“The extraordinary accomplishments of totalitarianism in the twentieth century would be inexplicable,” Nisbet concludes, “were it not for the immense, burning appeal it exerts upon masses of individuals who have lost, or had taken away, their accustomed roots of membership and belief.”

But this is not the only possible modern story, he is careful to insist. The mass community offered by totalitarianism may be more attractive than no community at all, but it remains a deeply unnatural form of human association. And it’s possible for both liberal government and liberal economics to flourish without descending into tyranny, so long as they allow, encourage and depend upon more natural forms of community, rather than trying to tear them up root and branch.

Possible, and necessary. “The whole conscious liberal heritage,” Nisbet writes, depends for its survival on “the subtle, infinitely complex lines of habit, tradition and social relationship”. The individual and the state can maintain an appropriate relationship only so long as a flourishing civil society mediates between them.

Political freedom requires competing sources of authority to sustain itself, and economic freedom requires the same: capitalism “has prospered, and continues to prosper, only in spheres and areas where it has been joined to a flourishing associational life”. Thus Nisbet quotes Proudhon: “Multiply your associations and be free.”

This multiplication was, of course, the great achievement of the young United States, with its constitutional and geographical limits to centralisation, and its astonishingly active associational life. (Nisbet’s debt to “the brilliant Tocqueville” is obvious and frequently acknowledged.) Preserving and sustaining this achievement is, or ought to be, the central project of American conservatism.

But the nature of the project must be understood correctly, Nisbet’s work suggests. It is not simply the defence of the individual against the power of the state, since to promote unfettered individualism is to risk destroying the very institutions that provide an effective brake on statism.

(In that sense, Whittaker Chambers had it right when he scented the whiff of Hitlerism around the works of Ayn Rand.) It must be the defence of the individual and his group — his family, his church, his neighbourhood, his civic organisation and his trade union.

If The Quest for Community teaches any lesson, it is this: You cannot oppose the inexorable growth of state power by championing individualism alone. You can only oppose it by championing community.

In the two decades following The Quest for Community’s publication, the statist-individualist symbiosis arguably reached a zenith. Never before had there been so much emphasis on personal liberation; never before had the welfare state (and the military-industrial complex, until the debacle in Vietnam) enjoyed so much influence over American life. Lyndon Johnson set out to create the Great Society from Washington; meanwhile, the country’s local societies began a slow eclipse. Civic organisations declined, churches emptied, neighbourhoods were bulldozed in the name of progress — and all the while, the state spent and regulated more and more and more.

Above all, it was the family — the backbone, from Tocqueville’s day to our own, of American localism and independence — that was pulled apart from both directions, as bureaucrats supplanted parents in poor neighbourhoods and middle-class marriages dissolved in the solvent of self-actualisation.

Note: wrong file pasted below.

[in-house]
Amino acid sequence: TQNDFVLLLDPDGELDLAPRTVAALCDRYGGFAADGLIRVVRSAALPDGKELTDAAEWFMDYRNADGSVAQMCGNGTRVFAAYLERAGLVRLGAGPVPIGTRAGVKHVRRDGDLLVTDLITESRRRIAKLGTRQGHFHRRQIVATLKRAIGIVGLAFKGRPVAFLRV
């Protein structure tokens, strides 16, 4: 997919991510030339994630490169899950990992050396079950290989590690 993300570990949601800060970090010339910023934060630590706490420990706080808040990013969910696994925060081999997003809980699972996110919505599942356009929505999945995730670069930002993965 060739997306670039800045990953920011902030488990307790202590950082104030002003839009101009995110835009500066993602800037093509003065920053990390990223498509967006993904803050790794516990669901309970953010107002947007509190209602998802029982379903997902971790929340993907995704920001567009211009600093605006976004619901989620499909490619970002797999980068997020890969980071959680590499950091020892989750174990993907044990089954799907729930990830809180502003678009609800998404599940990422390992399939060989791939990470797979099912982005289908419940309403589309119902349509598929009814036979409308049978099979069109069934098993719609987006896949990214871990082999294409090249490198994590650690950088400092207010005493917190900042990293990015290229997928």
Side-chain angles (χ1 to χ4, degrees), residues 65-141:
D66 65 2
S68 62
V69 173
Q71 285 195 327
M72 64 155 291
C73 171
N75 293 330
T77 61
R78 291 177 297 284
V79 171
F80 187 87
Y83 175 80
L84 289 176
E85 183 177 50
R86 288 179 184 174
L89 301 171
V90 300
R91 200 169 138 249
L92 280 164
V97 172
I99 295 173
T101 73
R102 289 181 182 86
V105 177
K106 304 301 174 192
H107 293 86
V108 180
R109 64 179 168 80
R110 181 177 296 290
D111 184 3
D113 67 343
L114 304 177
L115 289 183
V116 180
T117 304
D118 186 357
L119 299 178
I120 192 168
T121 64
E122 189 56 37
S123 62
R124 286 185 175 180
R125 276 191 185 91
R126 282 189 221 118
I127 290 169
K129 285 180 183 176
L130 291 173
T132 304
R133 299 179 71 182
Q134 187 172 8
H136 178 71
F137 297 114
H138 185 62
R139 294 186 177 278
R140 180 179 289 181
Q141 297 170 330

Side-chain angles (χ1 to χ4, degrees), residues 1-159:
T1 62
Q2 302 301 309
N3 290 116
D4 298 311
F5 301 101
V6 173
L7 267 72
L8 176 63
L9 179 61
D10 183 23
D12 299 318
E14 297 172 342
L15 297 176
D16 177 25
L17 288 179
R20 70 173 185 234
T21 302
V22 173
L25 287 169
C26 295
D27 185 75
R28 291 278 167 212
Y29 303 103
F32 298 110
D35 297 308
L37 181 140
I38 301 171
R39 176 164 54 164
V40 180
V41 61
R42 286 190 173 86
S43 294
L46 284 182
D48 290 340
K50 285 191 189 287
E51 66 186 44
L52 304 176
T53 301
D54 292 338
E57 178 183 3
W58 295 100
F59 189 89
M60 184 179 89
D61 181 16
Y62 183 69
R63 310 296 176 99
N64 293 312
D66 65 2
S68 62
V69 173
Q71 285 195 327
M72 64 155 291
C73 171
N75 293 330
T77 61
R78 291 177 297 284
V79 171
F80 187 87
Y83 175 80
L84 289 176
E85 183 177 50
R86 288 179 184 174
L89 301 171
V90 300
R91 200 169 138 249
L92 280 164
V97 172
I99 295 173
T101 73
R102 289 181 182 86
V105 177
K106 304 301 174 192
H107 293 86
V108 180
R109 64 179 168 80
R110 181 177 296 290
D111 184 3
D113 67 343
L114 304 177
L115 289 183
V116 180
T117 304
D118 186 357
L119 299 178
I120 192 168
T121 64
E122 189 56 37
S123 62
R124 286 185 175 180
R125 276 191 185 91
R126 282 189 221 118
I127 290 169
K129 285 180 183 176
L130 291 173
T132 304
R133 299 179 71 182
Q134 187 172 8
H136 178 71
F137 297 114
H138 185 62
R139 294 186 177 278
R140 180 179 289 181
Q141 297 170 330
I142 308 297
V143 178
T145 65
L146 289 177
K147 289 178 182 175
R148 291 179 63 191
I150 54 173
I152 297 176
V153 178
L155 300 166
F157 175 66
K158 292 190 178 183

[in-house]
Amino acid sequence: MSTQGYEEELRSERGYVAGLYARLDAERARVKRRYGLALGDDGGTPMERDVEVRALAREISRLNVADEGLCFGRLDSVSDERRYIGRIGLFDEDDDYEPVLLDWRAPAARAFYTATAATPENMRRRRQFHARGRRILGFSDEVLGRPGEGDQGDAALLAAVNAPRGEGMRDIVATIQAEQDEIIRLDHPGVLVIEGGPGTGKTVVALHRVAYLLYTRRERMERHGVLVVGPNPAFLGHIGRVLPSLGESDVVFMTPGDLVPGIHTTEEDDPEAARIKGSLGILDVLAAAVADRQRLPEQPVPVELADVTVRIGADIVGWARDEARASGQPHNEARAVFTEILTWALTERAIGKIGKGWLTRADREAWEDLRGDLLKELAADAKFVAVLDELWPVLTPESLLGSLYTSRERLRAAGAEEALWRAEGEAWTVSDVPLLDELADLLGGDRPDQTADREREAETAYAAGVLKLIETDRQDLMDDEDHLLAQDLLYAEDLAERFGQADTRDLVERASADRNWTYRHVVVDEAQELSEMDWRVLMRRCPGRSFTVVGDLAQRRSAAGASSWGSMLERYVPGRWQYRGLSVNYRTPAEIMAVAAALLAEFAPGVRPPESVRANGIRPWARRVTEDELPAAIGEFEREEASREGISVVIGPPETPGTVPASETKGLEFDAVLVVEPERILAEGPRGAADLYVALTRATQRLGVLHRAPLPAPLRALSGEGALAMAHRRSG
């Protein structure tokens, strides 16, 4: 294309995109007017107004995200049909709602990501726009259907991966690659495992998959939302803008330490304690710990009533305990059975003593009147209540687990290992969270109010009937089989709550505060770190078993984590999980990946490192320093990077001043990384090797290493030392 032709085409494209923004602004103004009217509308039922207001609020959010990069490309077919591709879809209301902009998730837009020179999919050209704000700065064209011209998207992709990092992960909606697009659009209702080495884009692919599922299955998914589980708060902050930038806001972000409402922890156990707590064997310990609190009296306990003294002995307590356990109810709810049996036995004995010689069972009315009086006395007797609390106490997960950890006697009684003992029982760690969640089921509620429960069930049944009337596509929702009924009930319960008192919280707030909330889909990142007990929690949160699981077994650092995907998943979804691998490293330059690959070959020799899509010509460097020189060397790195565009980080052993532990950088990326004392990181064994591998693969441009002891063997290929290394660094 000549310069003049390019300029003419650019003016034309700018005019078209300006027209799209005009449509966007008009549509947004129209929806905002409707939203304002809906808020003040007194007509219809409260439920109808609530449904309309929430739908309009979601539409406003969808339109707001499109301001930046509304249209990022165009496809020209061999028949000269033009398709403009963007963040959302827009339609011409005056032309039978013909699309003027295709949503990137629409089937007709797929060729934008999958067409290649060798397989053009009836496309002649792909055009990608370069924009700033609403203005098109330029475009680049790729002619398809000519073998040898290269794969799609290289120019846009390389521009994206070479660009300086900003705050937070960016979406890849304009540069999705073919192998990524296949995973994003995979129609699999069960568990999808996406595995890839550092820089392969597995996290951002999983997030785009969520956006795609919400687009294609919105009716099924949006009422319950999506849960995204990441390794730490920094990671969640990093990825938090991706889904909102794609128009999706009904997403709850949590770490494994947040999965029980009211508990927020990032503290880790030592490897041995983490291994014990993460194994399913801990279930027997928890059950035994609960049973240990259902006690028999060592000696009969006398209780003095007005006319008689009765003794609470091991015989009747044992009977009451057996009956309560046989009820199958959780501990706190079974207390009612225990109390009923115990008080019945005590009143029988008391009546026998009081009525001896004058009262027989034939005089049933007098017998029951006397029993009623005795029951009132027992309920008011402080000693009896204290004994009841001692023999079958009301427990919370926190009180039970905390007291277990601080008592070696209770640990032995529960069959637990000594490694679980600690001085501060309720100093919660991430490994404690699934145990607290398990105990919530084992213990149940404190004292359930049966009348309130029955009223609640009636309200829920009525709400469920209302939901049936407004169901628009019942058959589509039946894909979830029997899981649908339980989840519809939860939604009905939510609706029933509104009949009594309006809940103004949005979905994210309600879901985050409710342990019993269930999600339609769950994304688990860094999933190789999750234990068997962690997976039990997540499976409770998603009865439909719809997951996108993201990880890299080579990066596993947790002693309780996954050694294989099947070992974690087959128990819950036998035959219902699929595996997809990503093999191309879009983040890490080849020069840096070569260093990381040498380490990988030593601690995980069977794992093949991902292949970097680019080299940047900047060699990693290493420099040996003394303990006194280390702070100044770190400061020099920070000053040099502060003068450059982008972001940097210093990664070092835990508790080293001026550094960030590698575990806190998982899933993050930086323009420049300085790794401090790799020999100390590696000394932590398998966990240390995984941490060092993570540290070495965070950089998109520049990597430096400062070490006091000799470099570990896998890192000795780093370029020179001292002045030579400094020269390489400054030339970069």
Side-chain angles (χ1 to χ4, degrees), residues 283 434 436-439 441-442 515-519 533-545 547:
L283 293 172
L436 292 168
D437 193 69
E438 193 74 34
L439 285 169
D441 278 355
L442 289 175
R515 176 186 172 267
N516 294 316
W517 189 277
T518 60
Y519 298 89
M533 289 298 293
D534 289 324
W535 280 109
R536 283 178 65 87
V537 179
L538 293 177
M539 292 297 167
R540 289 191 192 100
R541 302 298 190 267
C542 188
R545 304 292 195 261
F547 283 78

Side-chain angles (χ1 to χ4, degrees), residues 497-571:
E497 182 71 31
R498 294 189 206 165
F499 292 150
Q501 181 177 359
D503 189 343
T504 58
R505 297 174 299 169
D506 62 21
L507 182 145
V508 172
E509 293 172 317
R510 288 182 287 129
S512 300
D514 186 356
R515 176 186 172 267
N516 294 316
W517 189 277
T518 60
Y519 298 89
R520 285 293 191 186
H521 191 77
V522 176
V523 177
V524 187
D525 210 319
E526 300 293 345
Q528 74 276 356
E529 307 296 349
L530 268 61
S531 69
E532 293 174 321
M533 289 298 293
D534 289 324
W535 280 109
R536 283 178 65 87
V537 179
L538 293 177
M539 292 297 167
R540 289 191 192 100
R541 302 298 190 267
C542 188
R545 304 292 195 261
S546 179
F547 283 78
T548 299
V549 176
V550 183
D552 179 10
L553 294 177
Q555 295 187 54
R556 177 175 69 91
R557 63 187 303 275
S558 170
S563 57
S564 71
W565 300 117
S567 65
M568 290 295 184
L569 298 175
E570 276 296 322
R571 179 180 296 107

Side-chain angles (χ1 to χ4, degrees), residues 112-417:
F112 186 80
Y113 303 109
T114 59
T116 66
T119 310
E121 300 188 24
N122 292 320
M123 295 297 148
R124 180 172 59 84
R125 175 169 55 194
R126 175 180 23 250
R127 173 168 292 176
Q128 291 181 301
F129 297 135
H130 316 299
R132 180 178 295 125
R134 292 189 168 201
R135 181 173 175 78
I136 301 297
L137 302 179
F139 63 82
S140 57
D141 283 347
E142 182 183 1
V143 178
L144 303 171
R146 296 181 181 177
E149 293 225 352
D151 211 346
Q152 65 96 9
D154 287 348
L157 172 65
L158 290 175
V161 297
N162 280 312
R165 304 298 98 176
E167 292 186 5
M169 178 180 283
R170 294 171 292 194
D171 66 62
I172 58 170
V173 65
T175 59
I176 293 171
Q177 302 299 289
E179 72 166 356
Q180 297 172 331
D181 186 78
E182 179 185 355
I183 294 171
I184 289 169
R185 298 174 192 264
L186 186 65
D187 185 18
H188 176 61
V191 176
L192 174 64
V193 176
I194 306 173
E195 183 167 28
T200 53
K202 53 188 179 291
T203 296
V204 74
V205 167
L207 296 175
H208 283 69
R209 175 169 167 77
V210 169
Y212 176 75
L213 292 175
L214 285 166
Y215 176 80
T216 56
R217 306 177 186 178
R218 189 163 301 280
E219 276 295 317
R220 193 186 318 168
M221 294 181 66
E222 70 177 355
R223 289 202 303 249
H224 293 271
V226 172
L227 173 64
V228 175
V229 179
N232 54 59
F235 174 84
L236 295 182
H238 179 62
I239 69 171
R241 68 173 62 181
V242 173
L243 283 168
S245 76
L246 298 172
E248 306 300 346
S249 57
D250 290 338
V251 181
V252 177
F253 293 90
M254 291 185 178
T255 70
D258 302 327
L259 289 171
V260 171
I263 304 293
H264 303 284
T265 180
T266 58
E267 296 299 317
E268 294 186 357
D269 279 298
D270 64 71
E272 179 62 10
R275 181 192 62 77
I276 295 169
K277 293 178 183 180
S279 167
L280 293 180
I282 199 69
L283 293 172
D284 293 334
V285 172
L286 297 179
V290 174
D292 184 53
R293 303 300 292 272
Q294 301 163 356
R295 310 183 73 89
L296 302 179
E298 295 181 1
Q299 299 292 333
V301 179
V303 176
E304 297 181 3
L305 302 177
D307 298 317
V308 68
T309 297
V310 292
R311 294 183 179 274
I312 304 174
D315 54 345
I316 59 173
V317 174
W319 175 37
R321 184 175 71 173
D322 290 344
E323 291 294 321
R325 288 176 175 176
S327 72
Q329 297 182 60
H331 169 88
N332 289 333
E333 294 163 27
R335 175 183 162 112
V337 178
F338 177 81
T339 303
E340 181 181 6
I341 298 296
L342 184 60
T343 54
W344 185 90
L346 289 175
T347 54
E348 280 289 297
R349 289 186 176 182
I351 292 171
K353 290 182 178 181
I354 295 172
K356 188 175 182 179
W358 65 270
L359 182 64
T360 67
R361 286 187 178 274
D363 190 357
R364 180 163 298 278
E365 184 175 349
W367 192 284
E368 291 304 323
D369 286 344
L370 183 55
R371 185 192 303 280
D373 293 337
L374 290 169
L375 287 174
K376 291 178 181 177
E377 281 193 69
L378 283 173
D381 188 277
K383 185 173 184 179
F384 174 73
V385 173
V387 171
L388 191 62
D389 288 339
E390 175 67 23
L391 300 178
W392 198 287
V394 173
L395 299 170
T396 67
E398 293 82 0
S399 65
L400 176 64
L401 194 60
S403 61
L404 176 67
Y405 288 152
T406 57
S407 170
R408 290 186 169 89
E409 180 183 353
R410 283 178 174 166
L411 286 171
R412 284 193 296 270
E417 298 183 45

Once the bonds of community have frayed, is it enough to merely withdraw the power of the state, and watch communities re-knit themselves? Will the two-parent family revive, for instance, if anti-poverty programs are pared away? Are there countless versions of, say, the Mormon Church’s welfare network waiting to spring up, if only the heavy hand of the state relaxes itself?

Public opinion has recoiled, again and again, from even modest attempts to curb entitlements, and many conservative politicians have been better friends to big business — ignoring Nisbet’s warning that “decentralisation is just as necessary in the operation of the other great associations of modern society” — than they have been foes of big government.

The financial crisis of 2008 represented the failure of both conservative approaches to community-building: a deregulated marketplace proved incapable of generating the moral capital necessary to police itself, while the attempt to build an “ownership society” through policies that encouraged home-buying ended in disaster.

Worse still, since Obama’s elevation to the presidency, America seems once more divided between “the party of the state” and “the party of the individual”. Conservatives are cracking open Atlas Shrugged and shouting about socialism, but they seem to have lost the appetite for thinking through the problem of community in an individualistic age — which is, of course, precisely the problem that make socialism so appealing in the first place.

It seems appropriate to leave the last word to Nisbet himself, reflecting on his own work’s relevance for contemporary politics in a 1993 essay entitled Still Questing:

“Let me repeat, and conclude here, that a conservative party (or other group) has a double task confronting it. The first is to work tirelessly toward the diminution of the centralised, omni-competent and unitary state with its ever-soaring debt and deficit.

“The second and equally important task is that of protecting, reinforcing, nurturing where necessary the various groups that form the true building blocks of the social order. To these two ends I am bound to believe in the continuing relevance of The Quest for Community.”

So should we all.

Ross Douthat is a conservative American author, blogger and New York Times columnist. This edited extract from his foreword to the latest edition of Robert Nisbet’s The Quest for Community is reproduced by permission of the Intercollegiate Studies Institute (ISI), Wilmington, Delaware, USA.